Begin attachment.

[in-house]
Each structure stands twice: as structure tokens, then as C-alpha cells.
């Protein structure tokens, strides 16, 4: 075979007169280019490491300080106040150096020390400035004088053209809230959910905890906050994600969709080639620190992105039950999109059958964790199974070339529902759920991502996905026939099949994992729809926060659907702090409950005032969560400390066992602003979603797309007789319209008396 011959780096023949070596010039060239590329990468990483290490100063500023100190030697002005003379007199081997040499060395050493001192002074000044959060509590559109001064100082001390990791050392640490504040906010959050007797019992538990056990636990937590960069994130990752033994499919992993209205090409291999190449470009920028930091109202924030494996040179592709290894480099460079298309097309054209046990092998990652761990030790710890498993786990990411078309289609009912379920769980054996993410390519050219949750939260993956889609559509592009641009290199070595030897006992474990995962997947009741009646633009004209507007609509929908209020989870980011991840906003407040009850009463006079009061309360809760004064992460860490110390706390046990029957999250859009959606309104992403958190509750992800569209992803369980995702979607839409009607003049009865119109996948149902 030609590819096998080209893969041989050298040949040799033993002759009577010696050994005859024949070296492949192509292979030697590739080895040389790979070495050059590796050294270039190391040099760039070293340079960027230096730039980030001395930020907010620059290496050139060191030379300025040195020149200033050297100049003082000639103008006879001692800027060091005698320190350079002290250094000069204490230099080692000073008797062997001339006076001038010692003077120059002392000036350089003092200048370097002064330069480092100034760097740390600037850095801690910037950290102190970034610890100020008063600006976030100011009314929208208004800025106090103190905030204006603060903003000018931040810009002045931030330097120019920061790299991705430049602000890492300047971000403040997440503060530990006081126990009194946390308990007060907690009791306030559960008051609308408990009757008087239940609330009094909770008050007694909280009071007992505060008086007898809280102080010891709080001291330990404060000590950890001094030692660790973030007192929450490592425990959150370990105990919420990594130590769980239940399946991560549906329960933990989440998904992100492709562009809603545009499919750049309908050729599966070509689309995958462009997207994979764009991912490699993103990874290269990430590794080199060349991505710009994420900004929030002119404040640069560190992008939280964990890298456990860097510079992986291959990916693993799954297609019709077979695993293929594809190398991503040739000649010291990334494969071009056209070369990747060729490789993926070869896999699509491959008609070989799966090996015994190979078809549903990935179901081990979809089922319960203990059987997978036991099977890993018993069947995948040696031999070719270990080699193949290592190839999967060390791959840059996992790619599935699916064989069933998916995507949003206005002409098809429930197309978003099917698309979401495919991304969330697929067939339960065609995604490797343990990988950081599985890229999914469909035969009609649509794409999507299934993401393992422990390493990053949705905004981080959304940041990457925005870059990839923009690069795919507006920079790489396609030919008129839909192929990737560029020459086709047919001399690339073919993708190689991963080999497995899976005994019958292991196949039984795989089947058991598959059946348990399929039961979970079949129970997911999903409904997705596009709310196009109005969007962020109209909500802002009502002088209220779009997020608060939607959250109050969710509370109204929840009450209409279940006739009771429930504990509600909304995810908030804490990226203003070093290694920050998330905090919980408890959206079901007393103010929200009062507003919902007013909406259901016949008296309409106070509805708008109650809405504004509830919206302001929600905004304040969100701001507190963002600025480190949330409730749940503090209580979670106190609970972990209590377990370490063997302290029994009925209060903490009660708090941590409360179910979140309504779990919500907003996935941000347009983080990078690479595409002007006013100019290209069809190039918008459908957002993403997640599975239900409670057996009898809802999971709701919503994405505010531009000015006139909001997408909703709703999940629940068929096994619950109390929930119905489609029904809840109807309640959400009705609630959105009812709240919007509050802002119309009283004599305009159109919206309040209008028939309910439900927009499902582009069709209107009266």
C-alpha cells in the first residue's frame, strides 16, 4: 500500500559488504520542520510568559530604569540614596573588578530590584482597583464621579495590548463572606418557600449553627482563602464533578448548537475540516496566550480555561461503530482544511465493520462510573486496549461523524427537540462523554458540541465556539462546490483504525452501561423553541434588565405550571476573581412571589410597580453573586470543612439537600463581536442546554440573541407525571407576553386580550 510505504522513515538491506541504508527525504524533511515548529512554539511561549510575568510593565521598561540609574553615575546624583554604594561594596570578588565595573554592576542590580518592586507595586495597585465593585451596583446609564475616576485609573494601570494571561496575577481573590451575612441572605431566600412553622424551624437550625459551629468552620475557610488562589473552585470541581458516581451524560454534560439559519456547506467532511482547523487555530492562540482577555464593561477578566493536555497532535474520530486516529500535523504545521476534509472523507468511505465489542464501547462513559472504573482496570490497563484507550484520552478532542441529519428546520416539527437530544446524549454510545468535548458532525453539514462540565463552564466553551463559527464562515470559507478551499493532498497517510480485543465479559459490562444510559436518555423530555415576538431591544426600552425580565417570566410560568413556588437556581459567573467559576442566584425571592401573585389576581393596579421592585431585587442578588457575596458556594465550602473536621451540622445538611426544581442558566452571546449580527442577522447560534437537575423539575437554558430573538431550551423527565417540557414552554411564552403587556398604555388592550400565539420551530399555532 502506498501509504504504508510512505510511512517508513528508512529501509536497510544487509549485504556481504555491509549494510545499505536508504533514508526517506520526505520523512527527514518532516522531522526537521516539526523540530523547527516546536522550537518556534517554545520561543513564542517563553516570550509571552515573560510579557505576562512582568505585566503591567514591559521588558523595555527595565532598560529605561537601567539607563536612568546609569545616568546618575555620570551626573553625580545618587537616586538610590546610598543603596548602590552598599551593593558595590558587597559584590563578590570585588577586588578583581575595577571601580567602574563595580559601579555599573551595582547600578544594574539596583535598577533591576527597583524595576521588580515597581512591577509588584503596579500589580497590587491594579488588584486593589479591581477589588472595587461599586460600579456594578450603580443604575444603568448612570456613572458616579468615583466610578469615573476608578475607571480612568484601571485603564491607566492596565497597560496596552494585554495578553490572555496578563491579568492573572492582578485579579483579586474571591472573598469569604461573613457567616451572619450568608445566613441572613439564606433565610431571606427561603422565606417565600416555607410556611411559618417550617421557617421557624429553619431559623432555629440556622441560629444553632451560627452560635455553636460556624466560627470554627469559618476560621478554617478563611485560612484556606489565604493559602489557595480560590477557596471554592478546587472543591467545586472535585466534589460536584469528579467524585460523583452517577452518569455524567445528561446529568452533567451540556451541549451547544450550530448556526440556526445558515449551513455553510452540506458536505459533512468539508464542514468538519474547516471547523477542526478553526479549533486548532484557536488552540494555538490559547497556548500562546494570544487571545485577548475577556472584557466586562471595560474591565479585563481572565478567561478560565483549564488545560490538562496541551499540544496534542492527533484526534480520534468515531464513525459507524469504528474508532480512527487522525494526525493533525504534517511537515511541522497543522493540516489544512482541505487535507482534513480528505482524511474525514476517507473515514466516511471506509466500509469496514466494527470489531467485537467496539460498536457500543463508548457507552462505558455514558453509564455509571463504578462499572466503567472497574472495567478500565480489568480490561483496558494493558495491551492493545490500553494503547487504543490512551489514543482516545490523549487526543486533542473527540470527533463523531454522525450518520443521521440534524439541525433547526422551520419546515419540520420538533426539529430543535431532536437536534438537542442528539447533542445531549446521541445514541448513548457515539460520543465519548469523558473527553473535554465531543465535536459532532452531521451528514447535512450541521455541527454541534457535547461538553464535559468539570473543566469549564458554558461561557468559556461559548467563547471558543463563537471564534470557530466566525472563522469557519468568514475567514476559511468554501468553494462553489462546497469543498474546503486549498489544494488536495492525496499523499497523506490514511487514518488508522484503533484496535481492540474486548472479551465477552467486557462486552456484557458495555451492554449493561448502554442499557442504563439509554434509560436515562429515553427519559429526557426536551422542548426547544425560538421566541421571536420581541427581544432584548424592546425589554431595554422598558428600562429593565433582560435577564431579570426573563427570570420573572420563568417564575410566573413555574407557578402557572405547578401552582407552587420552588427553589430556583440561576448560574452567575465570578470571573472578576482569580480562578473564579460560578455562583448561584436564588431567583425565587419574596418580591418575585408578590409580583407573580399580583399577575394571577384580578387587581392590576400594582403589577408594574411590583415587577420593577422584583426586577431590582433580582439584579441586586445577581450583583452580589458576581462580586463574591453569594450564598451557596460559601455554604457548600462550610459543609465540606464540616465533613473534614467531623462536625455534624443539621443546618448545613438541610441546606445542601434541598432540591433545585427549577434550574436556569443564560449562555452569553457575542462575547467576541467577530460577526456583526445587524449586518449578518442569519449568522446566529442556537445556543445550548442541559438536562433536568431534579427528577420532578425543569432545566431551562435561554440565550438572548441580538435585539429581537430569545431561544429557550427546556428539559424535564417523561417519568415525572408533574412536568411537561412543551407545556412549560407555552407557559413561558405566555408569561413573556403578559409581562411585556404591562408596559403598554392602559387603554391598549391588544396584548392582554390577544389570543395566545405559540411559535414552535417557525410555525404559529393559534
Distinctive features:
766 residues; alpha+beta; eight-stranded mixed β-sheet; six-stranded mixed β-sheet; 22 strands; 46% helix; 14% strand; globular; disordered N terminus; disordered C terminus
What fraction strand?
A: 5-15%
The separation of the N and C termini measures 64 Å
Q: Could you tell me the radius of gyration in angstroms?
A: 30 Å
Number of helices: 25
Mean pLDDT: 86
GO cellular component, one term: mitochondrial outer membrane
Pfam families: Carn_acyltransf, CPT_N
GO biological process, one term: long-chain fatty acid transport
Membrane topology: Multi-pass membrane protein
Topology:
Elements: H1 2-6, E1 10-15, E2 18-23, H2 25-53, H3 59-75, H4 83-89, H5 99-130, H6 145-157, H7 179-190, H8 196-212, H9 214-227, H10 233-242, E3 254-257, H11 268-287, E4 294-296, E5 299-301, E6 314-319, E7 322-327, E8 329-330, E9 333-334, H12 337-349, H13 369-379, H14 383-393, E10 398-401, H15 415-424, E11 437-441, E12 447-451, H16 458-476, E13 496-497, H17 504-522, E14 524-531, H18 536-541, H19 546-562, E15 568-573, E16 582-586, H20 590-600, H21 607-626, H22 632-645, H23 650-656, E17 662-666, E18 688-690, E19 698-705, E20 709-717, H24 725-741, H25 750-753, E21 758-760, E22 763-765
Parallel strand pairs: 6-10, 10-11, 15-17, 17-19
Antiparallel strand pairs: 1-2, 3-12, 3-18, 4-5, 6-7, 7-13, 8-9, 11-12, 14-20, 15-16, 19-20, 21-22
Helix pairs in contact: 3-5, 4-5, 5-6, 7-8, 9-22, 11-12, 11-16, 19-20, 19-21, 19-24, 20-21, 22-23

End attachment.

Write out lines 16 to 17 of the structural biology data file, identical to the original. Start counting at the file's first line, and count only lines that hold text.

GO biological process, one term: long-chain fatty acid transport
Membrane topology: Multi-pass membrane protein